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This has always been a viable position in the marketplace.

For freelancers of every kind, it remains the best one.

The hard part isn’t charging a lot. The hard part is delivering more than the person paid for.

[I just discovered that I riffed on this three months ago. So, in the spirit of making sure we don’t waste a day, here’s some more on this topic…]

There’s a chasm.

On one hand, there are the endless promises and perfection that are promised by the short-term marketer and the aggressive salesperson.

And on the other, there’s the service provider, freelancer, bureaucrat and hard working frontline worker who’s on defense. Who wants the customer to accept the least, not the most.

One approach is to keep working to survive the chasm. To hype more and apologize later for all that hype.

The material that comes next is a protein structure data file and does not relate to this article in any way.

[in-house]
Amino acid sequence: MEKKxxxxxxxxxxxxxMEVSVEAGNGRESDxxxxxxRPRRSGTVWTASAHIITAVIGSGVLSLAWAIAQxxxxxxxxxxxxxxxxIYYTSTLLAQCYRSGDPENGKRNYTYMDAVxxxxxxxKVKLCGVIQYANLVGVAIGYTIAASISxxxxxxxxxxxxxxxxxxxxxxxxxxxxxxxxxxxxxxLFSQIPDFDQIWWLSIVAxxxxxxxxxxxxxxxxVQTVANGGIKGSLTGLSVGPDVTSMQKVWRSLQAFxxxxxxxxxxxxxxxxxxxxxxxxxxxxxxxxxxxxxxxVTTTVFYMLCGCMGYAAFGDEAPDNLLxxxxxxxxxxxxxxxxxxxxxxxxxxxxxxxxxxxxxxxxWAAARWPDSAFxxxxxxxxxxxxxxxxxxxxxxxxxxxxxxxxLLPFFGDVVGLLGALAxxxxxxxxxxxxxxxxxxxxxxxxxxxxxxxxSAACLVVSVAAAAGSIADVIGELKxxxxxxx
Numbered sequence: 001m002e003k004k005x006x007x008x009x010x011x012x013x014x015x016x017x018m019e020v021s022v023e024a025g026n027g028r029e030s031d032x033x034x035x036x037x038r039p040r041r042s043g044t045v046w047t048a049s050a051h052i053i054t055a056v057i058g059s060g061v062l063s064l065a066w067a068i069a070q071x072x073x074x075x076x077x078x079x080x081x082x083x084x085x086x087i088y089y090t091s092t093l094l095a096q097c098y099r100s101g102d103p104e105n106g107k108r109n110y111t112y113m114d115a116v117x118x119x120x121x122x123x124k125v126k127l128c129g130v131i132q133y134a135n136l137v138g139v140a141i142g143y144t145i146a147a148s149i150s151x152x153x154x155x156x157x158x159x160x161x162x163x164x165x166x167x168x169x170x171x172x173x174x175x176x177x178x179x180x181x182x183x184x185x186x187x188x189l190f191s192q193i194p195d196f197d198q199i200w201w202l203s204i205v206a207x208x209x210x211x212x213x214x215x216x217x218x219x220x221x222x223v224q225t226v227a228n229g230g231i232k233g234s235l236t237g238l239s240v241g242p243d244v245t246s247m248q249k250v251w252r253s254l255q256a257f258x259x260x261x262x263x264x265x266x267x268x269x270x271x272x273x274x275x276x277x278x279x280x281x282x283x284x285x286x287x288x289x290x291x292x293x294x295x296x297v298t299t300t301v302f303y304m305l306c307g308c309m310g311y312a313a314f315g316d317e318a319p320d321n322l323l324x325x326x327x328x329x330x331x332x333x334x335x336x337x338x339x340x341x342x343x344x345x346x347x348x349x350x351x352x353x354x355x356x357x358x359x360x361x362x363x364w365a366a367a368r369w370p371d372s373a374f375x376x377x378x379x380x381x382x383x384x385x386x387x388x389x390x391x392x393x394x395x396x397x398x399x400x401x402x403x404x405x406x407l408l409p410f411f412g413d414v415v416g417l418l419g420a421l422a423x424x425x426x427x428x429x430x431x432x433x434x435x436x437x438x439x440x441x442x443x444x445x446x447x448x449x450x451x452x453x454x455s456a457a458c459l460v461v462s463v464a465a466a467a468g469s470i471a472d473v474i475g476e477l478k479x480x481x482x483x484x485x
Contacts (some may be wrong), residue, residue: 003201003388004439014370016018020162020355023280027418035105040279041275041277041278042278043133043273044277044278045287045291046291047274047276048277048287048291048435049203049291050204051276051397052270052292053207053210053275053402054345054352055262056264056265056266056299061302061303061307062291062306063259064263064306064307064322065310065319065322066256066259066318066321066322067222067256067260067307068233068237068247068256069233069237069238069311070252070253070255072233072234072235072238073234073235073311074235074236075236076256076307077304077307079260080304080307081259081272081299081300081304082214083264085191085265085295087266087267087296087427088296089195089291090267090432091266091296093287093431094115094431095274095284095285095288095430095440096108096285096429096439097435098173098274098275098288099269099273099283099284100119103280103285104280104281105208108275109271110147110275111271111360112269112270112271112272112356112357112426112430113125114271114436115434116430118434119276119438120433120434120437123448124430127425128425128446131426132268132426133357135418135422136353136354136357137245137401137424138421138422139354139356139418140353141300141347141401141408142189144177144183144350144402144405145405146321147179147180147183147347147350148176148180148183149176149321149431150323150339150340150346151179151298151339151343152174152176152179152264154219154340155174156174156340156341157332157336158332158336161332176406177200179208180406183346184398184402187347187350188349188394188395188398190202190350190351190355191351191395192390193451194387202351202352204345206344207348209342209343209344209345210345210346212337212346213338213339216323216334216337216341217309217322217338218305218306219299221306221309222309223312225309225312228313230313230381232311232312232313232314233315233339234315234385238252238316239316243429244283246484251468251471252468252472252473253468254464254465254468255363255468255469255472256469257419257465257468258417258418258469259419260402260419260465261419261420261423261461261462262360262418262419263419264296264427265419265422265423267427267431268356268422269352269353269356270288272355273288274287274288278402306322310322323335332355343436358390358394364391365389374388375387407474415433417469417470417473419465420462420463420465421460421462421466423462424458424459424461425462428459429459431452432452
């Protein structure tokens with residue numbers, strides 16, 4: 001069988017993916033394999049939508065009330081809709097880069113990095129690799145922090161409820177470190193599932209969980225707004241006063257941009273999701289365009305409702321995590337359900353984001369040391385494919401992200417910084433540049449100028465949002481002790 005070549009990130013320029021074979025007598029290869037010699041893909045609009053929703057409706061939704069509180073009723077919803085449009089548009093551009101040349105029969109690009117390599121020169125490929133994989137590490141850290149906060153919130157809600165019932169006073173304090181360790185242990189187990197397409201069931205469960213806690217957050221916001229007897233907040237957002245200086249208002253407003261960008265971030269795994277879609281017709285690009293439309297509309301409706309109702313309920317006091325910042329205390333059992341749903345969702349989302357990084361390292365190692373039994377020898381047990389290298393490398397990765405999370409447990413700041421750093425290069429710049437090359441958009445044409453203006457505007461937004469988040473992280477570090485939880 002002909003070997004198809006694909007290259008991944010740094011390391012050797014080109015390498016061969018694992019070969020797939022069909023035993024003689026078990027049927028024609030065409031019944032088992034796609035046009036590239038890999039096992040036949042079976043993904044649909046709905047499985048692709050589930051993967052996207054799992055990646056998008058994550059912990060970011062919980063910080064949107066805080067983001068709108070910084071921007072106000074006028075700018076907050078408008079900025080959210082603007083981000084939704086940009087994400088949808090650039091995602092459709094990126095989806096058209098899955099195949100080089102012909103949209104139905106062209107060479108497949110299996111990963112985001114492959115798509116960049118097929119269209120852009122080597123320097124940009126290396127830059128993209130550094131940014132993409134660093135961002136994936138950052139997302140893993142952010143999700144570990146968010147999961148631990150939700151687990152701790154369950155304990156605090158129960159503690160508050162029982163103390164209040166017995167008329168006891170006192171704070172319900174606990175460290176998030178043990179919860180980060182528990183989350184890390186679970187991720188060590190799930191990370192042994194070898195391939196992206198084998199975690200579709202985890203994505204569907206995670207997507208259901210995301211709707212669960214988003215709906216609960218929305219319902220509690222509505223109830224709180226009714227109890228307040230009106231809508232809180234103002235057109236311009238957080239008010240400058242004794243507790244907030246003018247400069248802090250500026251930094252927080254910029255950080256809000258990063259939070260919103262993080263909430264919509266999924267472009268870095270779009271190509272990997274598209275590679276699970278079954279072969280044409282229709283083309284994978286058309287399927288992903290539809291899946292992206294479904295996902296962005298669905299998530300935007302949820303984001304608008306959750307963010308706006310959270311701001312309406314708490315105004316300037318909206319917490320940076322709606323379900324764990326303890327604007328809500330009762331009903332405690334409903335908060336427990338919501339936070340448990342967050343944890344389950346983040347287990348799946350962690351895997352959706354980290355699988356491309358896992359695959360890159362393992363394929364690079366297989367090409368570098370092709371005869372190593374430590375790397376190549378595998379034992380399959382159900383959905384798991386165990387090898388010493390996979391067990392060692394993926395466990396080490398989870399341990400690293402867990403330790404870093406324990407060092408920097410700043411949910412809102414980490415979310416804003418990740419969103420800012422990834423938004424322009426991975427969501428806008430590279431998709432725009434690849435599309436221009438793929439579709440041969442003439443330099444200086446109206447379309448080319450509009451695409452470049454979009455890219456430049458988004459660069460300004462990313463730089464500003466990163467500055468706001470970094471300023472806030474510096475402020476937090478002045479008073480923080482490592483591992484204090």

The other approach, the one I’m hoping you’ll consider, is to charge enough (and then spend that money) to actually keep the big promises you just made.

A race to the top, one that doesn’t happen simply because you announced you’re going to try harder. It happens because you invest in training, staff and materials to make it likely you can actually keep that promise.

       

Source: Seth

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